7 years ago I wrote about a 10 day /200km hike we’d done in the forests of Western Australia on a wonderful track that goes all the way from Perth to the south coast. We had walked from Kalamunda, at the start, to the next trail town of Dwellingup and had loved the experience. Back in Oz we were determined to do another stretch of the 960km Bibbulmun Track but after completing the Cape to Cape time available was running short.
We decided to do a shorter stage of 4 days / 3 nights from Collie to Balingup missing out a 7 day section. There is usually no food available on the stages/sections, you’re way out in the bush miles from “civilization”, so you have to carry everything with you- which needs careful planning. On this leg we were going to cross a road after a day and a half where there was a tavern serving food so we scheduled a slap up feed around that. Even so our packs were heavy setting off from Collie.
Collie was and is a coal mining town, unlike many in the area that were founded on the logging industry, and had a couple of facilities we enjoyed- a swimming pool to cool off in and a cutting edge art gallery, where we were invited to an opening of a show of portraits.
Nice people, nice wine, nice nibbles.
An early self service breakfast at our historic old hotel of well faded grandeur allowed us to get on the way soon after 6, passing both the fire danger level sign and a notice saying that it is not recommended to be on the track at all between December and end of March and if you are, to leave it in the event of a fire risk of “high” or above.
We were “severe”. Slightly worrying. We’d been watching the infernos in NSW on the news with 1000’s of hectares of bush and 100’s of houses burning and Sydney an impenetrable smog. A lot of talk and denial of the increased severity being connected to climate change and also the need to manage prescribed or controlled fires better.
We were soon enveloped within the forest, the sights and sounds and scents taking us back years to our last Bibbulmun immersion, as we followed the yellow ” Waugal” symbol deeper into the immensity of Western Australian bush. We had enjoyed the Karri forest section on the Cape to Cape but the feeling of being a tiny dot making your slow way through mile upon mile upon mile of mixed Jarrah,Wandoo, Marri and a host of other tree and scrub species is special.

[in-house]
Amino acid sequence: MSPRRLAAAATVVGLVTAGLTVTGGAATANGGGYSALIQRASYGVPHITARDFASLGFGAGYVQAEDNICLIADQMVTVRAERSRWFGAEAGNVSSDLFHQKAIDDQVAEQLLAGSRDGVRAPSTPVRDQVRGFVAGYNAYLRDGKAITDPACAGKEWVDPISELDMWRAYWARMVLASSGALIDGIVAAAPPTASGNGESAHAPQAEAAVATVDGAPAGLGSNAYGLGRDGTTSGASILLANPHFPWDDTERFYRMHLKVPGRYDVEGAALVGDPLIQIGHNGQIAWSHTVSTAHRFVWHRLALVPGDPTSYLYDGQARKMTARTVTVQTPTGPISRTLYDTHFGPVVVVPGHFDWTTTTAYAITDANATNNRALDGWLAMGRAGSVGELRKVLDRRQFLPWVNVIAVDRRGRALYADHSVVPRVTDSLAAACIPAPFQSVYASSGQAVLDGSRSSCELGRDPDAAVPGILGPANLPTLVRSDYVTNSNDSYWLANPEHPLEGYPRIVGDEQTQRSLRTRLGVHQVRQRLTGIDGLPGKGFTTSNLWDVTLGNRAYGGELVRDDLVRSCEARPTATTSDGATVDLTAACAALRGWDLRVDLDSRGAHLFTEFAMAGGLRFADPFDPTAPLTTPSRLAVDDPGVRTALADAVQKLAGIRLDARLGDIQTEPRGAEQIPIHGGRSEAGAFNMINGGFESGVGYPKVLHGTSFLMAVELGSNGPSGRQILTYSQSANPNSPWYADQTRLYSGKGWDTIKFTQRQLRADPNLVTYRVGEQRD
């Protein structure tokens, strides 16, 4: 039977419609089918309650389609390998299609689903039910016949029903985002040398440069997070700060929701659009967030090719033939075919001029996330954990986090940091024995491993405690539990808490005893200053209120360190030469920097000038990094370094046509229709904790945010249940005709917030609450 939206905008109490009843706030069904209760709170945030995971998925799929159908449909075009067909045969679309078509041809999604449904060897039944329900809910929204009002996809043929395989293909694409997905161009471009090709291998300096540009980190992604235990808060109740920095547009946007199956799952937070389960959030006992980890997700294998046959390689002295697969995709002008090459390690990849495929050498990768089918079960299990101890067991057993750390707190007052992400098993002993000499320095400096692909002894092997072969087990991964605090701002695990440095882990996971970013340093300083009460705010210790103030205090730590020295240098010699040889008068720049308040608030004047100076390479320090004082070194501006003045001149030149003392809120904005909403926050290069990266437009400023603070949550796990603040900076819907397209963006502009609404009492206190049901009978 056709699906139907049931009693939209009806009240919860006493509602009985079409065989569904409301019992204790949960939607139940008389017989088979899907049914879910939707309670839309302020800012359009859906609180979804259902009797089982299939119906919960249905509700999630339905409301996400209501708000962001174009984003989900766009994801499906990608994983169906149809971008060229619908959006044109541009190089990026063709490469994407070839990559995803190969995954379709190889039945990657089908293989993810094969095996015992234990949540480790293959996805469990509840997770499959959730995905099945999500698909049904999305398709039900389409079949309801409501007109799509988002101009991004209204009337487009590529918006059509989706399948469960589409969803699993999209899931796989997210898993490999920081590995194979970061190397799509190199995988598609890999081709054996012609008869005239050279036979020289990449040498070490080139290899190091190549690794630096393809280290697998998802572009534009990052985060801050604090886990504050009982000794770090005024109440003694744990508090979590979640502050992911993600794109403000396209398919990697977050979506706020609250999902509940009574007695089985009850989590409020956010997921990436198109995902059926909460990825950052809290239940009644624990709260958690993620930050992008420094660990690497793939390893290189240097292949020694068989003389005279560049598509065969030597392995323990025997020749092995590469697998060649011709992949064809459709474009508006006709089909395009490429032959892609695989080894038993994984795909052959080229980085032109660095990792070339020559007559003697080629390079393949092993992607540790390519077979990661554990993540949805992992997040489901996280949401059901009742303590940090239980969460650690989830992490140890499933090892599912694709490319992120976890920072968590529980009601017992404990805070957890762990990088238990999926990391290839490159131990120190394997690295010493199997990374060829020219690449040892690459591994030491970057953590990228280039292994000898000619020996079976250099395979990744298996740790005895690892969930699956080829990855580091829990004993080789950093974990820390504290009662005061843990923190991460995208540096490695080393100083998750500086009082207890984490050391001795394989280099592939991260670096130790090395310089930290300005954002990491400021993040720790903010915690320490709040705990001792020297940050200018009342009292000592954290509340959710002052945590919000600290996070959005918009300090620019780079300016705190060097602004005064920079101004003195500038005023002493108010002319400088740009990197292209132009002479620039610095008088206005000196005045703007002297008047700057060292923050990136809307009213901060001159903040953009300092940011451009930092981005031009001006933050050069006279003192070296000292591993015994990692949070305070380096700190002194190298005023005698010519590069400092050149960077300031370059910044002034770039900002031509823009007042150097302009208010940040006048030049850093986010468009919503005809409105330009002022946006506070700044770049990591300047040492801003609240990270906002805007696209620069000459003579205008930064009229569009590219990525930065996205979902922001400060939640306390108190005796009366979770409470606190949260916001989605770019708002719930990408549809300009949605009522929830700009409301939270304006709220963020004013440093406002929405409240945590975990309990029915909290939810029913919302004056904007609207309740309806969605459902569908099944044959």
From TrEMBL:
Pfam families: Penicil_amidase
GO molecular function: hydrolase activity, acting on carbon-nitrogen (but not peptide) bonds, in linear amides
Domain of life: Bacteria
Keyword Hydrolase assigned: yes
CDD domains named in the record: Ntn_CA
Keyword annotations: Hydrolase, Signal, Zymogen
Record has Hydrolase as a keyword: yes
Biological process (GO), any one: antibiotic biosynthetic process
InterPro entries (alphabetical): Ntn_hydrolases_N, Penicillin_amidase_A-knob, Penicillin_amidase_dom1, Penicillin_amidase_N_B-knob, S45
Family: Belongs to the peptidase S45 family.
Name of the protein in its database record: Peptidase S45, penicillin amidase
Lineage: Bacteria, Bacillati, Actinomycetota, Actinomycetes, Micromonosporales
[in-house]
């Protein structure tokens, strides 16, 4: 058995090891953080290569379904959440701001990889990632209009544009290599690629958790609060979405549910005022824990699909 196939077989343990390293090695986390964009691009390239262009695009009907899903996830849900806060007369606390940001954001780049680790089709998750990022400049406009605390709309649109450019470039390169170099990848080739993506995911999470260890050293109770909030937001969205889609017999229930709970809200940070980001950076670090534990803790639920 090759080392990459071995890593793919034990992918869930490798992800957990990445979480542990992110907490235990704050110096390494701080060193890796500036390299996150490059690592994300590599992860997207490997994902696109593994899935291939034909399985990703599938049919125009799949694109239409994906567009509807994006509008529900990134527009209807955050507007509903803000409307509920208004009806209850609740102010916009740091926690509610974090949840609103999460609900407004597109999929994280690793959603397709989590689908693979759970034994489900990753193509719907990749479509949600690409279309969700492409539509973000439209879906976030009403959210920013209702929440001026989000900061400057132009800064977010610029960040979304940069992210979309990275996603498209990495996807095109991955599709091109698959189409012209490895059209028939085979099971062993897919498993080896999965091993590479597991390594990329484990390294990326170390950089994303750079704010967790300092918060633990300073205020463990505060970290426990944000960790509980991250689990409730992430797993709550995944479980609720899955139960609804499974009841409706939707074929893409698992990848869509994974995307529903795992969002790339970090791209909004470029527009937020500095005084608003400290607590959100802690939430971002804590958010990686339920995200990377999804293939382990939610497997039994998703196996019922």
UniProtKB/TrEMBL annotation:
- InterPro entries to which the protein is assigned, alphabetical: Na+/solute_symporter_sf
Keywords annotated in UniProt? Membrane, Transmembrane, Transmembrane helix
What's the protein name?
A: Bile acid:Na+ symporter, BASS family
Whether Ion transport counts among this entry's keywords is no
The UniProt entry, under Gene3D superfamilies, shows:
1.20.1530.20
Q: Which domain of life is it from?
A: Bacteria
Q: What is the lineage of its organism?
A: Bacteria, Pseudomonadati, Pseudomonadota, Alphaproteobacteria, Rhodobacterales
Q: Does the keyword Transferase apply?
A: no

The easy path and flat ground made for a good rhythm of fast walking and we made good time to Collie river where it was too early for a swim and a 4×4 access track had allowed messers to travel down and defile the place with their fast food crap. Always a shocking jolt of a sight in deep country we hurried on past the cartons and bags to where the ethos of “leave no trace” was important to the people passing through.
As the temperature built we passed Mungalup Dam, where unfortunately no swimming was allowed as it was a drinking water supply. Other dams were for agricultural use and allowed not only swimming but all kinds of boating including with outboard motors. A web of old logging tracks crisscrossed our path through the forest with the scattered trunks and stumps witnesses to a huge industry that started with the arrival of Europeans and peaked around the First World War, although continuing to a lesser degree into the 1980’s.
The regenerative powers of the Jarrah were good to see. Areas that had been clear felled were returning to high forest again.
It was difficult to imagine the track in winter or spring when rains made stepping logs necessary and the creek systems were full of flowing water. There was however a little shower forecast and a couple of drops did manage to hit the ground without evaporating before we got to Yabberup camp after 20km.
These shelters, erected about every 20km, are a wonderful resource. They offer sleeping platforms, fire pits (in season), long drop dunny( always with toilet paper!), tables and benches and most importantly, water. They also have cleared and level tent pitches although there’s a very good chance that in summer you’ll have plenty of hut sleeping space and can avoid having to carry a tent and the less you have to carry the better. As luck would have it there were a couple of showers once we were safe under cover and we spent the afternoon reading the entries in the camp log book and listening to the bird song.